left after you cross the bridge. You'll come to a field and a couple of paths at the other end of the field. Back
track to return to the bridge. You were just on an island. The plan is to build another bridge to another island
then from that over to the old Thompson Manufacturing building that is presently being remodeled.
- Another great place to stay is the Twin Maples Bed &
Breakfast, a few blocks north of the Info booth on Main Street on the same side of the street. You can sit
on the porch and watch the beautifully colored leaves fall from the twin maples (wonder how they decided on the
name) right on the front lawn. When you get sick of looking at colored leaves you can go inside and look at colored
glass in their impressive collection of depression glass. I've looked at both and I can't decide which is better,
so the heck with it, just enjoy it all.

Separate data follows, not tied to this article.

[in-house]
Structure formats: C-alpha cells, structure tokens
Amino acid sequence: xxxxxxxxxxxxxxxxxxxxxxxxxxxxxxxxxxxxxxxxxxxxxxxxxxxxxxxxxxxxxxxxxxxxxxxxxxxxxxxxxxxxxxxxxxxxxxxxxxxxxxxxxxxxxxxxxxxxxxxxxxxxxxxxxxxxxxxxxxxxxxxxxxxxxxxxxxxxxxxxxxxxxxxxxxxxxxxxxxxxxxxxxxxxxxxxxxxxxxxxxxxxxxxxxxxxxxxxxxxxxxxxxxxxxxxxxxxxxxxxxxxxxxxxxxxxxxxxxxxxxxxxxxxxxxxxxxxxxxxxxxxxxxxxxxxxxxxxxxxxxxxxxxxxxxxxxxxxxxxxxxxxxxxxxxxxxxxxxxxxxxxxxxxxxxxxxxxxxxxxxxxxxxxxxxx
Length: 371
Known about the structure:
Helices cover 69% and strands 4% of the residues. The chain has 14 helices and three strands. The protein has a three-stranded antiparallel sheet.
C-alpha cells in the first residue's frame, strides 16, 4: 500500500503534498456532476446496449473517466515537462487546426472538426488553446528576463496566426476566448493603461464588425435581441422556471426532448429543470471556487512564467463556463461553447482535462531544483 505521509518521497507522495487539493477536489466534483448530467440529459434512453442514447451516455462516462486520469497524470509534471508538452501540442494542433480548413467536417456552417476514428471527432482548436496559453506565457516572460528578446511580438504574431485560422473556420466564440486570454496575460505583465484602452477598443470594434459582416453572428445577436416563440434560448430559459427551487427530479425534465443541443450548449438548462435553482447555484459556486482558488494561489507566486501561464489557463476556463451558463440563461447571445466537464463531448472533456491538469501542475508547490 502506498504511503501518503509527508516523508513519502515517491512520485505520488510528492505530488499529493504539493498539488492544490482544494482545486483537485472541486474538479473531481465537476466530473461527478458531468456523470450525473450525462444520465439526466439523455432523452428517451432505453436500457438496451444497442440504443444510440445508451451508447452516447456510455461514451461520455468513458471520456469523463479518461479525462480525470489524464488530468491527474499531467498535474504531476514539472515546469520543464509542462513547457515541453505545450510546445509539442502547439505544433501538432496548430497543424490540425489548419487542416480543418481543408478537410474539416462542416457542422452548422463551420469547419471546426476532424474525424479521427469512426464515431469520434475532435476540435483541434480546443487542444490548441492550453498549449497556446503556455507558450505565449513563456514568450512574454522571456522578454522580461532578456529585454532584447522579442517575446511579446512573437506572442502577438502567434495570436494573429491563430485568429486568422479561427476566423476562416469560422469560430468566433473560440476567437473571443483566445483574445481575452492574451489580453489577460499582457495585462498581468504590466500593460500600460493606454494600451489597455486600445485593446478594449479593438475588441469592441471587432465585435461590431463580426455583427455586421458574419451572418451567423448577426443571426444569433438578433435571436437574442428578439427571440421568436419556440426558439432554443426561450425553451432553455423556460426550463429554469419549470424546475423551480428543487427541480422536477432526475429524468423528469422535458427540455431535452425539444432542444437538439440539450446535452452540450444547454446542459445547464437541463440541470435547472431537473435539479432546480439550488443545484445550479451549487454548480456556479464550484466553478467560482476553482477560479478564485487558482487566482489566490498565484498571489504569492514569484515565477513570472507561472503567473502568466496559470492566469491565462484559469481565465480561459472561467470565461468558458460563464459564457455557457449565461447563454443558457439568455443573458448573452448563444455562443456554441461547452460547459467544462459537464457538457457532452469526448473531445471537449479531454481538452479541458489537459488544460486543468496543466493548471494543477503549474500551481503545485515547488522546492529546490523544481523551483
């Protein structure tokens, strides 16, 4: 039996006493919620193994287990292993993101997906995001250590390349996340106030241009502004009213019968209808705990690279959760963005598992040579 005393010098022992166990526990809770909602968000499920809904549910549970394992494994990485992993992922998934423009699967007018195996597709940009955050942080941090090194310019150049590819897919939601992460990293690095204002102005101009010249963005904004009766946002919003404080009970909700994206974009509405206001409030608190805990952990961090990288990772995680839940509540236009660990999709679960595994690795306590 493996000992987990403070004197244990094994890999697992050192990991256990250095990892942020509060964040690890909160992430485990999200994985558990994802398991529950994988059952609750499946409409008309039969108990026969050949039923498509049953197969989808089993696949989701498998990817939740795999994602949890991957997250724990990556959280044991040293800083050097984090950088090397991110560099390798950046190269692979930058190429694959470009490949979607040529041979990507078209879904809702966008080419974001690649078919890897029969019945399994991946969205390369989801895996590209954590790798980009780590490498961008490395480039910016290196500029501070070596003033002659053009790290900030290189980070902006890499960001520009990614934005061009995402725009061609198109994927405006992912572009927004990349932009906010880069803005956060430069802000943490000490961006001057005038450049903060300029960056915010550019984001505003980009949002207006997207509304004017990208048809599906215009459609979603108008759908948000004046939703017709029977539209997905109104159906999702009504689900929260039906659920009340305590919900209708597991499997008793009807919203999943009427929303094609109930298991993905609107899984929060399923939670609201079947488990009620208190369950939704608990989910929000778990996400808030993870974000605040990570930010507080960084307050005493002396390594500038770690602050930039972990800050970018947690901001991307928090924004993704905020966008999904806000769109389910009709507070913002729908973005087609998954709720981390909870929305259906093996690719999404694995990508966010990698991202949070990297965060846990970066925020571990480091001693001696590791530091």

- There's an expansive view of the Kilkenny and Presidential Mountains from Beaver
Trails Campground. You're also right on the Connecticut and Israel's
River. They have an interesting nature trail that's an easy walk from your spot.
- The middle of Whitefield is a super place to look
at leaves and get some info. Their info booth is right on the town square, the square being filled with maples
providing great color. You can drop into Frank's Barber Shop for a trim right across from the info booth. Bill
Weeks is hard at work restoring the building Frank's is in as well as the old
water powered grist mill. You might see him at work, but please stay back a bit for your safety.
- The road splits just across the bridge by the mill in Whitefield